CASPER, Wyo. — Wyoming lost 25,000 workers between 2014 and 2016 amid an energy industry downturn, but it has showed signs of recovery in recent months.
The lost jobs equaled more than 10 percent of total monthly employment at the end of 2016, The Casper Star-Tribune reported on Sunday (http://bit.ly/2trMgBv).
“Everybody wants to know if we are done with the recession in this state,” said Tom Gallagher, manager of the Research and Planning Division of the Wyoming Department of Workforce Services. “We don’t know.”
At the end of 2016, 112,000 people had disappeared from Wyoming’s workforce after the price of crude dropped, coal companies laid off miners and natural gas prices stagnated.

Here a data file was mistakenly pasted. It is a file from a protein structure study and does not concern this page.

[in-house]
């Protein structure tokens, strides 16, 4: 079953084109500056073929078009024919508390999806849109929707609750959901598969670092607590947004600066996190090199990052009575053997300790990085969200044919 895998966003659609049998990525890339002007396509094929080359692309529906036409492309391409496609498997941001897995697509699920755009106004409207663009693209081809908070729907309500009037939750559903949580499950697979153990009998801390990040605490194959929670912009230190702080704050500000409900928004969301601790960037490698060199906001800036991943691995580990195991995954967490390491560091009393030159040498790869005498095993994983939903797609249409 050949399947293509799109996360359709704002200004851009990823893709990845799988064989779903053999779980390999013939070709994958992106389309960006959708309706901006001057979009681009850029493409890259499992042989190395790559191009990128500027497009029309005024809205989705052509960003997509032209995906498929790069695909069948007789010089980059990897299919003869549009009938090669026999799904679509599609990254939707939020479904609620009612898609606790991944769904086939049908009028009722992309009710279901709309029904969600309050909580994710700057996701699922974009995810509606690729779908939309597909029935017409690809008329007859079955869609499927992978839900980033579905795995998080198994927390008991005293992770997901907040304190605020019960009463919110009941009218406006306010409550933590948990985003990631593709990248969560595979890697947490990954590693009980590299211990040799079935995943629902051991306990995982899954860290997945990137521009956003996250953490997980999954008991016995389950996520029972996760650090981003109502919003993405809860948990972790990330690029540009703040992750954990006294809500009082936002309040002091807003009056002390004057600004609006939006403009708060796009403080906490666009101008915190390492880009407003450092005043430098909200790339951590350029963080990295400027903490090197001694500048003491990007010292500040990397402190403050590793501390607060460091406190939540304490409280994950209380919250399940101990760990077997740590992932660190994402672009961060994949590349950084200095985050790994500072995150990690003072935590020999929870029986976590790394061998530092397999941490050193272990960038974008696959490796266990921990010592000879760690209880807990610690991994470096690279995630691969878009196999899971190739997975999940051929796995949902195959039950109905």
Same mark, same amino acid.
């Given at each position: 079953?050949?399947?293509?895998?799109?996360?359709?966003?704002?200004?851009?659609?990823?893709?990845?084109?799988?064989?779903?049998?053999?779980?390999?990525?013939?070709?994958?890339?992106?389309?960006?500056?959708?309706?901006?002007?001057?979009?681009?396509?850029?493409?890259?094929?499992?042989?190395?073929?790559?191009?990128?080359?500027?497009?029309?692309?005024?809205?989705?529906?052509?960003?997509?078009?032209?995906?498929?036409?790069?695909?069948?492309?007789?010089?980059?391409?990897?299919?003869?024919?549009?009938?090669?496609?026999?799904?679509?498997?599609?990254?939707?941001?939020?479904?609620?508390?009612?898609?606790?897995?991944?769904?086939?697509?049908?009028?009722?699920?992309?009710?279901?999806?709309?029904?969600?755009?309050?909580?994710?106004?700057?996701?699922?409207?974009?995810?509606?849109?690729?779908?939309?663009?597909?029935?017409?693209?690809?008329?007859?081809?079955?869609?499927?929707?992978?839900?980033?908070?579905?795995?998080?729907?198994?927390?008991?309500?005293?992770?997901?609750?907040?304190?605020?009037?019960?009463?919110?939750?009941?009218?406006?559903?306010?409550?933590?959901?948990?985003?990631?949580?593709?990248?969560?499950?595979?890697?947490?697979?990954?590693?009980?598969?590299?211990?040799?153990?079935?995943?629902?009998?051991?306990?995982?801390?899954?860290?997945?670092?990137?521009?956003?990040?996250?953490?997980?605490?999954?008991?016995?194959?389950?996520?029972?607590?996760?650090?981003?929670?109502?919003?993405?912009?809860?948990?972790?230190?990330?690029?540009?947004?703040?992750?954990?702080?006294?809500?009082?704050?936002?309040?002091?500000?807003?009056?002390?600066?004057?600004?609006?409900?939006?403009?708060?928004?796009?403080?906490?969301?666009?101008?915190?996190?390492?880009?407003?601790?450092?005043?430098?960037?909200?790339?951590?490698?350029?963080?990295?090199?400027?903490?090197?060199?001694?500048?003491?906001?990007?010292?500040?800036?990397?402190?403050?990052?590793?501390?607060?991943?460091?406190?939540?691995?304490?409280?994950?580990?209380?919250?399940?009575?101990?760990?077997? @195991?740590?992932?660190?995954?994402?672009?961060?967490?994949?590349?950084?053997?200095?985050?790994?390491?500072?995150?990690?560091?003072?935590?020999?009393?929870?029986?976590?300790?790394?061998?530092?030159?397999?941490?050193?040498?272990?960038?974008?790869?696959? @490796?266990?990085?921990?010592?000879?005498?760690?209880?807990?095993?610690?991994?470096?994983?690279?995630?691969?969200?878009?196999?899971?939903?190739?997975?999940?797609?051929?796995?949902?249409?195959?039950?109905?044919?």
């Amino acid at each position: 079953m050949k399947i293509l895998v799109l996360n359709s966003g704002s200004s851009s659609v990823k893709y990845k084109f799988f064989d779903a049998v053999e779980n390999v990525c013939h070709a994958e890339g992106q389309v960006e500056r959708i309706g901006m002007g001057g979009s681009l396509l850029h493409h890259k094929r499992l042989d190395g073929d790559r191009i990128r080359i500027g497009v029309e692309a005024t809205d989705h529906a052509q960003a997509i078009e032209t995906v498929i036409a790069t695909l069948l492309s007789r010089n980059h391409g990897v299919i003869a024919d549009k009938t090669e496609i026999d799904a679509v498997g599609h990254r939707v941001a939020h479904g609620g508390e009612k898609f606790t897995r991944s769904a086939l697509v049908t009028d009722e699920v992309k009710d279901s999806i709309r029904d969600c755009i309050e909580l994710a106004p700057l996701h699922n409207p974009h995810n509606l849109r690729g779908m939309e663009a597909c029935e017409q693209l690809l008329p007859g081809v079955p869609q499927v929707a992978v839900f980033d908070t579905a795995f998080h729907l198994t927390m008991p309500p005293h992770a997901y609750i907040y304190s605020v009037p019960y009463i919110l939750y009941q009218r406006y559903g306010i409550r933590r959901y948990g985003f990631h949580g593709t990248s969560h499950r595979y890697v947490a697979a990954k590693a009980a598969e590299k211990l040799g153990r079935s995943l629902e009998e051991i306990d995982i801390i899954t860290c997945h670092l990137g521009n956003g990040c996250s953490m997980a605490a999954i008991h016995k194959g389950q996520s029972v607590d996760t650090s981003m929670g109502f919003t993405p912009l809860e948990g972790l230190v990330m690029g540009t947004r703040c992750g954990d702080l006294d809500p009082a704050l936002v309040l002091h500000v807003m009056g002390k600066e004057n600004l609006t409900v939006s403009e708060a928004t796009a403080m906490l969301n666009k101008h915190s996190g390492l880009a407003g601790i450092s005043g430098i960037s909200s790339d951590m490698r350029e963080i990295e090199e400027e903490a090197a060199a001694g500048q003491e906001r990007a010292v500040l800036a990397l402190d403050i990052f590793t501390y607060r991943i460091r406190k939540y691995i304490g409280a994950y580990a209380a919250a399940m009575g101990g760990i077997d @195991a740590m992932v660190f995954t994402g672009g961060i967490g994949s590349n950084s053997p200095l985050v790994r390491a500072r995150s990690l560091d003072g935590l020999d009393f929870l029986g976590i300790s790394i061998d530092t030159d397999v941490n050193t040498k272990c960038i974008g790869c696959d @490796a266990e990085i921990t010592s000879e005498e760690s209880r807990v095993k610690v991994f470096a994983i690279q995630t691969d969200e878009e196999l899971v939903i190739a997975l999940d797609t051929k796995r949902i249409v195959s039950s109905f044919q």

Fewer than 88,000 workers came in. The average monthly employment at the end of 2016 was 267,000 people.
The loss of workers is similar to the evaporation of jobs during the coal-bed methane bust, the most recent swift downturn in Wyoming’s economy, when the state had a net loss of about 30,000 workers between 2008 and 2010.
But that bust came at a time when there was a nationwide recession. This time, with the economies of other states still bustling, there’s less incentive for workers try to stick it out until things improve or to come back to Wyoming if they’ve left seeking employment elsewhere
The state’s labor market is in “recovery mode,” and the job gap has shrunk since last year, said Jim Robinson of the Wyoming Economic Analysis Division.
Jobless claims in the mining sector, which includes oil and gas, are down by 80 percent compared with May of last year.
The coal industry alone lost 1,000 jobs from 2014 to 2016, according to the Wyoming Mining Association. Only about 300 people have since returned.
The oil and gas industry is up by 1,700 jobs compared with a year ago.
Information from: Casper (Wyo.) Star-Tribune, http://www.trib.com